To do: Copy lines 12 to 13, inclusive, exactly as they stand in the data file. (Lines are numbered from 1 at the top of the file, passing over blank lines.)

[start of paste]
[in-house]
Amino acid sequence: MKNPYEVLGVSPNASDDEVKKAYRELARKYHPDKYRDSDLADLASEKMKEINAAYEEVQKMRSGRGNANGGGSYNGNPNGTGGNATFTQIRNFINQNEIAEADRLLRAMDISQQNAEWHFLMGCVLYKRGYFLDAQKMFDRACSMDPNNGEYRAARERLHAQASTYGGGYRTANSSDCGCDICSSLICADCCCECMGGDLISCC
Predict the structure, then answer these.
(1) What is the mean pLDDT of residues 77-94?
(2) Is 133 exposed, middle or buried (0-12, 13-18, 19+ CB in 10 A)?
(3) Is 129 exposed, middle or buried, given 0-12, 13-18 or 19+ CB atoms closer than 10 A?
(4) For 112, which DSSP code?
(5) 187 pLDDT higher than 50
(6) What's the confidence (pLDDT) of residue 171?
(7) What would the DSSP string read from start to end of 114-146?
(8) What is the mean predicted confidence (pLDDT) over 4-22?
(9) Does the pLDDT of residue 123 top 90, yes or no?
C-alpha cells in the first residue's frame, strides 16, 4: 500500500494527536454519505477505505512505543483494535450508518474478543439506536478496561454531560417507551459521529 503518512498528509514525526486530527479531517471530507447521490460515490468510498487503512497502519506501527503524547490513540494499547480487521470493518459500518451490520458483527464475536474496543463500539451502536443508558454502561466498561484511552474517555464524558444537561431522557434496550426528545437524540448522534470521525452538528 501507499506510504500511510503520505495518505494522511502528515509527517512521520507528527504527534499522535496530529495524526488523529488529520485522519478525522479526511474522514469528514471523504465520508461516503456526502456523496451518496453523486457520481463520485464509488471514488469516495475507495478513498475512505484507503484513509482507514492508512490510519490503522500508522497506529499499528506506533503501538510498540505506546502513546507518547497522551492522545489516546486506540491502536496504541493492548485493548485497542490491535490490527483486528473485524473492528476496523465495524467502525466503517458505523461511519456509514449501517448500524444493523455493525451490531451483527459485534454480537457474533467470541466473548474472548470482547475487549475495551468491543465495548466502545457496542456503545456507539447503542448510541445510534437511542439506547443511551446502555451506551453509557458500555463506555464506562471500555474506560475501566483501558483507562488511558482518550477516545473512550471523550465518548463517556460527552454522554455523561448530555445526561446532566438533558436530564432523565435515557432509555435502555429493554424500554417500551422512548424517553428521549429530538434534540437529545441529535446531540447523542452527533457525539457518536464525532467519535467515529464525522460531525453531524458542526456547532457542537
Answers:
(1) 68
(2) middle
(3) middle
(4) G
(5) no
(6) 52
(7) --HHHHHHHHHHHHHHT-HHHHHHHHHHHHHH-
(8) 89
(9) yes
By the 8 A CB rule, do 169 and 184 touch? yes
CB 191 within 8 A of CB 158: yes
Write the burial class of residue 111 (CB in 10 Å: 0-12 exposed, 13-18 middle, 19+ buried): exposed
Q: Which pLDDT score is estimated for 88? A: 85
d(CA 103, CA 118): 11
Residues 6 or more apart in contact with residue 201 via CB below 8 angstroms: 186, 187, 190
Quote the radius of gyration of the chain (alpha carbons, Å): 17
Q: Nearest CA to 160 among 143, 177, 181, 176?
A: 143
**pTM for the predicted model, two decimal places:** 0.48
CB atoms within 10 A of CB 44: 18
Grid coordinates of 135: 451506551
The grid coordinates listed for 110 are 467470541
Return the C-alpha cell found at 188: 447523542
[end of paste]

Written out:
(9) Does the pLDDT of residue 123 top 90, yes or no?
C-alpha cells in the first residue's frame, strides 16, 4: 500500500494527536454519505477505505512505543483494535450508518474478543439506536478496561454531560417507551459521529 503518512498528509514525526486530527479531517471530507447521490460515490468510498487503512497502519506501527503524547490513540494499547480487521470493518459500518451490520458483527464475536474496543463500539451502536443508558454502561466498561484511552474517555464524558444537561431522557434496550426528545437524540448522534470521525452538528 501507499506510504500511510503520505495518505494522511502528515509527517512521520507528527504527534499522535496530529495524526488523529488529520485522519478525522479526511474522514469528514471523504465520508461516503456526502456523496451518496453523486457520481463520485464509488471514488469516495475507495478513498475512505484507503484513509482507514492508512490510519490503522500508522497506529499499528506506533503501538510498540505506546502513546507518547497522551492522545489516546486506540491502536496504541493492548485493548485497542490491535490490527483486528473485524473492528476496523465495524467502525466503517458505523461511519456509514449501517448500524444493523455493525451490531451483527459485534454480537457474533467470541466473548474472548470482547475487549475495551468491543465495548466502545457496542456503545456507539447503542448510541445510534437511542439506547443511551446502555451506551453509557458500555463506555464506562471500555474506560475501566483501558483507562488511558482518550477516545473512550471523550465518548463517556460527552454522554455523561448530555445526561446532566438533558436530564432523565435515557432509555435502555429493554424500554417500551422512548424517553428521549429530538434534540437529545441529535446531540447523542452527533457525539457518536464525532467519535467515529464525522460531525453531524458542526456547532457542537